Sydney was able to recruit another St Kilda export in the Lockett mould, Barry Hall. Though there were obvious parallels to the signing of Lockett (a powerful, tough forward from St Kilda with questions over his discipline and attitude) which left Hall with much to live up to, he flourished in the new surrounds and eventually became a cult figure and club leader in his own right.

When the then-Telstra Stadium was unavailable for the 2005 semi final, the game against Geelong drew a crowd of 39,079 at the SCG. The record crowd for an AFL fixture at that venue is 46,168 in 1997 also against Geelong.

The culmination of the recent success is the 2005 premiership against the West Coast Eagles played in front of 91,898 at the MCG taking the flag to Sydney for the first time and breaking a 72 year drought for the club. It also broke the longest premiership drought in the history of the competition.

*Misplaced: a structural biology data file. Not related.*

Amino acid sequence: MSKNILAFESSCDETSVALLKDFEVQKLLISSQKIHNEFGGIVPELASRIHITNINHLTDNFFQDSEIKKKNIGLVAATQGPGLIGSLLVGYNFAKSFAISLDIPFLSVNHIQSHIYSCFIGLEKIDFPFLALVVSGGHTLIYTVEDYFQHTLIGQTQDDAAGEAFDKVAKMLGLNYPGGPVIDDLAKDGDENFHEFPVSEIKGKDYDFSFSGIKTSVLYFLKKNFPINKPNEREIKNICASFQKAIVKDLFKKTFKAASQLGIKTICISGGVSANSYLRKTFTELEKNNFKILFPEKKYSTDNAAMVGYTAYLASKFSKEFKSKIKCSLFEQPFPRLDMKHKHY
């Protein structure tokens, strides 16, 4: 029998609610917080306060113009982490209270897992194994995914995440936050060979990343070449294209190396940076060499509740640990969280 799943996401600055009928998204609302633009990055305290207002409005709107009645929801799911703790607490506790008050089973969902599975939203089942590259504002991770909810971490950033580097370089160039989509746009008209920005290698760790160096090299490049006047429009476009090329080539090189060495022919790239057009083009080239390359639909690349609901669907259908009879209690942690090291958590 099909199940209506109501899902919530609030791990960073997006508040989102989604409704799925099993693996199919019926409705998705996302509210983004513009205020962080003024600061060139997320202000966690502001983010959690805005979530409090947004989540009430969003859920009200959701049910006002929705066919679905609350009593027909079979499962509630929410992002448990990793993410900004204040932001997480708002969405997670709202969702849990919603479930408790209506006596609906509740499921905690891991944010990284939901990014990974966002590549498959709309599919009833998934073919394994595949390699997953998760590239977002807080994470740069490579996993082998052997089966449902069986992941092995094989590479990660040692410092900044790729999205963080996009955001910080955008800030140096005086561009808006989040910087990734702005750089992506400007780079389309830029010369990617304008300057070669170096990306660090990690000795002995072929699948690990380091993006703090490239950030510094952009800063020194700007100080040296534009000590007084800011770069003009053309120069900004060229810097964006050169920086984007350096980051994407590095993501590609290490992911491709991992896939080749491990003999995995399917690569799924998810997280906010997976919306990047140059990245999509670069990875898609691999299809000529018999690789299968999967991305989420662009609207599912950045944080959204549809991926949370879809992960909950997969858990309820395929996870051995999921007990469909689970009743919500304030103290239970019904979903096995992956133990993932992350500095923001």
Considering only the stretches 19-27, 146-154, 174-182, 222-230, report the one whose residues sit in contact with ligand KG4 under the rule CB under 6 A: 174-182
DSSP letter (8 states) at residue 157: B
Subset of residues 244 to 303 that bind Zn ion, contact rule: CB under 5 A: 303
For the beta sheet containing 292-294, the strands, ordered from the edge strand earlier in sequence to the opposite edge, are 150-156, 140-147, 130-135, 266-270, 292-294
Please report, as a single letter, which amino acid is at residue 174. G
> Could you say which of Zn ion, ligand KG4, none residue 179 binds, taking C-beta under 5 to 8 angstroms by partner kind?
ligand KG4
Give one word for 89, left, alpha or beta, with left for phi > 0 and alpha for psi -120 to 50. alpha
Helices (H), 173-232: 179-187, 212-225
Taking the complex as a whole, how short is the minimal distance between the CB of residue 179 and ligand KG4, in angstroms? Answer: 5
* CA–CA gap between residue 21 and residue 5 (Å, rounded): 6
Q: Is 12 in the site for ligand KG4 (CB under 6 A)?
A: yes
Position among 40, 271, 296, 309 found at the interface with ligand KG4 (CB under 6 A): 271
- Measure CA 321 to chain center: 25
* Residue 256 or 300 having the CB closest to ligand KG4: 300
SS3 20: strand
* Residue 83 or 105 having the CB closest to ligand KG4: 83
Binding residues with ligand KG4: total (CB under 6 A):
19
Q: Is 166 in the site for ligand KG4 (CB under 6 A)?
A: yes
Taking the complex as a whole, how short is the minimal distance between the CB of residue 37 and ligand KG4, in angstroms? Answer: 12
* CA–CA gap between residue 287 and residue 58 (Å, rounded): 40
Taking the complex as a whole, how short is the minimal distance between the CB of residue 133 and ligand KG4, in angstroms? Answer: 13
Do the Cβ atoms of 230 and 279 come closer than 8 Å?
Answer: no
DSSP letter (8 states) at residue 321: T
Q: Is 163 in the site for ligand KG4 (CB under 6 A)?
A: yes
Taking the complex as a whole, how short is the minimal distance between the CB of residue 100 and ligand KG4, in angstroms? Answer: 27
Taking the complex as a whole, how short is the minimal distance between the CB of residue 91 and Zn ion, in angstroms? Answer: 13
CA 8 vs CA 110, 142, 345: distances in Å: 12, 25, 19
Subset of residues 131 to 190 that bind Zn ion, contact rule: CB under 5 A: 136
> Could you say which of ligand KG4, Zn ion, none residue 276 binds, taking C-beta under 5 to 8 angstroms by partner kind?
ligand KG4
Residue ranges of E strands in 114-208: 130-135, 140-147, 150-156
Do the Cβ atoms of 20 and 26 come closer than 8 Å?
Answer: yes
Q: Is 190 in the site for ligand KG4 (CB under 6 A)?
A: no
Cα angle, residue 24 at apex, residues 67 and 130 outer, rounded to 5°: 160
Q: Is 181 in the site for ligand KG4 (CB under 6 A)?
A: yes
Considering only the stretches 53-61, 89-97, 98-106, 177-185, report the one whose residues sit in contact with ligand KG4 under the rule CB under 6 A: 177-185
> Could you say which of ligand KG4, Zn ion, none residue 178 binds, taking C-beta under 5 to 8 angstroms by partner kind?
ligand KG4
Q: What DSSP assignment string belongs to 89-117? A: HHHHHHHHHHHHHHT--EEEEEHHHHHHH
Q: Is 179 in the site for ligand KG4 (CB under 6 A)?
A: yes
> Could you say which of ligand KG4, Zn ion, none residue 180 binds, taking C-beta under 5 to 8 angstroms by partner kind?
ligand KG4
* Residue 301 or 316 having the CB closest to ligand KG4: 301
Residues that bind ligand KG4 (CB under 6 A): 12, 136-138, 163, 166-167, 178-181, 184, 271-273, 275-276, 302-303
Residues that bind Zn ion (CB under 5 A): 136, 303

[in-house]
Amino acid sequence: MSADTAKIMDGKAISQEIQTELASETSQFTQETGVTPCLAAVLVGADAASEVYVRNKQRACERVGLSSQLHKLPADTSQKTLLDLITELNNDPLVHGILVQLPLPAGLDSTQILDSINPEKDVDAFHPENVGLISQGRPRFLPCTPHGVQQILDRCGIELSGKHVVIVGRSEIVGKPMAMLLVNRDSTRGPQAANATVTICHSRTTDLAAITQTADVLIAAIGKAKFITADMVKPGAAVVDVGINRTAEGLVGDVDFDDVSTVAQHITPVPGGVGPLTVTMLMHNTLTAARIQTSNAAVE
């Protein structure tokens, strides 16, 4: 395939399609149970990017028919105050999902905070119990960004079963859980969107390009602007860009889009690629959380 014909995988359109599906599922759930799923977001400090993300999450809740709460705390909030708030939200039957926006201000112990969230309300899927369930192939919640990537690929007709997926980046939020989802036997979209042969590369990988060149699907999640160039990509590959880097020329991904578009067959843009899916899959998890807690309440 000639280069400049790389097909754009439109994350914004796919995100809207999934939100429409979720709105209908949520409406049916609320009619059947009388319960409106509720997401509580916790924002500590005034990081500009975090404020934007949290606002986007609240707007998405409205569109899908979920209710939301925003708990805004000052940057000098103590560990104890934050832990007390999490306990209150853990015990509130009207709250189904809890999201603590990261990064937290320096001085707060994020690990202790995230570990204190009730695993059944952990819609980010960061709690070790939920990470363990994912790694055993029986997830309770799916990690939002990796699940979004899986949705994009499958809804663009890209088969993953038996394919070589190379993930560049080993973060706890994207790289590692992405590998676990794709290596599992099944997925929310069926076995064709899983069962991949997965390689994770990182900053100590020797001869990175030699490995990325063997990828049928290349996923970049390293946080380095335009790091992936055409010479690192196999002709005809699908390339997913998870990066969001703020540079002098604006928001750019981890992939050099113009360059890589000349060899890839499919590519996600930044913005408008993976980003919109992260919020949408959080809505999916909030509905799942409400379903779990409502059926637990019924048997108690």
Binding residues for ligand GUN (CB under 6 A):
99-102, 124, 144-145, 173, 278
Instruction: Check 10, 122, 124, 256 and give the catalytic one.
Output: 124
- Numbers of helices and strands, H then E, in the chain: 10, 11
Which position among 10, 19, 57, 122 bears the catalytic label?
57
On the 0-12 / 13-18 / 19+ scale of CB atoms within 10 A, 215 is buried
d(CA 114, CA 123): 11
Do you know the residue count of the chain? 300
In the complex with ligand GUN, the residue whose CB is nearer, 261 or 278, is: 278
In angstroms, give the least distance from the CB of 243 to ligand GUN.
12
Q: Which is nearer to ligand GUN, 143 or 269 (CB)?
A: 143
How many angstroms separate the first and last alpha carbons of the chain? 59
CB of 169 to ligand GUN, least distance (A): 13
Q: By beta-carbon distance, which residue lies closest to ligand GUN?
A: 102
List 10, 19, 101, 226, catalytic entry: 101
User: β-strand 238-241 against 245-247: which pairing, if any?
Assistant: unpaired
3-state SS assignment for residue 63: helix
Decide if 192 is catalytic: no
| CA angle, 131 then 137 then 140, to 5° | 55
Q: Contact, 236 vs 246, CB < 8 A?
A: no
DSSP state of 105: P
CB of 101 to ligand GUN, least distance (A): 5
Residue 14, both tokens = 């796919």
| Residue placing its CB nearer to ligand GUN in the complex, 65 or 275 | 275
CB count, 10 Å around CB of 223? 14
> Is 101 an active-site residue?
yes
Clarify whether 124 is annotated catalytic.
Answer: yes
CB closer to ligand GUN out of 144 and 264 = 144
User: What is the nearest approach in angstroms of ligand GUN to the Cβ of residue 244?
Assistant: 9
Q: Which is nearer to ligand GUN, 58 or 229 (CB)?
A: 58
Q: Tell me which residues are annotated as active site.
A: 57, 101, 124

Partly as a result of the exclusive marketshare, crowds at home games tend to be larger on average than those drawn by the nine National Rugby League clubs in Sydney, despite the fact that rugby league is well established as Sydney's most popular football code.

Over the history of the AFL, the Swans have been one of the most innovative clubs in the VFL/AFL in finding new markets. In recent years, the club has invested time and energy in the US market (with the help of coach Paul Roos). In 2006 as part of Australia Week celebrations in the USA, the Sydney Swans were beaten by the Kangaroos Football Club in an exhibition match at the University of California Los Angeles (UCLA). The club formed affiliation agreements with the Los Angeles Swans and the Chicago Swans in the USAFL.

2005 Grand Final

2005 Toyota AFL Grand Final G B Total
Sydney 8 10 58
West Coast 7 12 54
Venue: Melbourne Cricket Ground Crowd: 91,898
Sydney played the AFL Grand Final on 24 September 2005 against the West Coast Eagles defeating them by 4 points, final score 8.10 (58) to West Coast's 7.12 (54). In the last few minutes, the Sydney defence held strong, with Leo Barry marking the ball just before the siren to stop the Eagles' final desperate shot at goal. The premiership was the Swans' first in 72 years and their first since being based in Sydney. It was also the fifth premiership in succession to be won by a team from outside Victoria.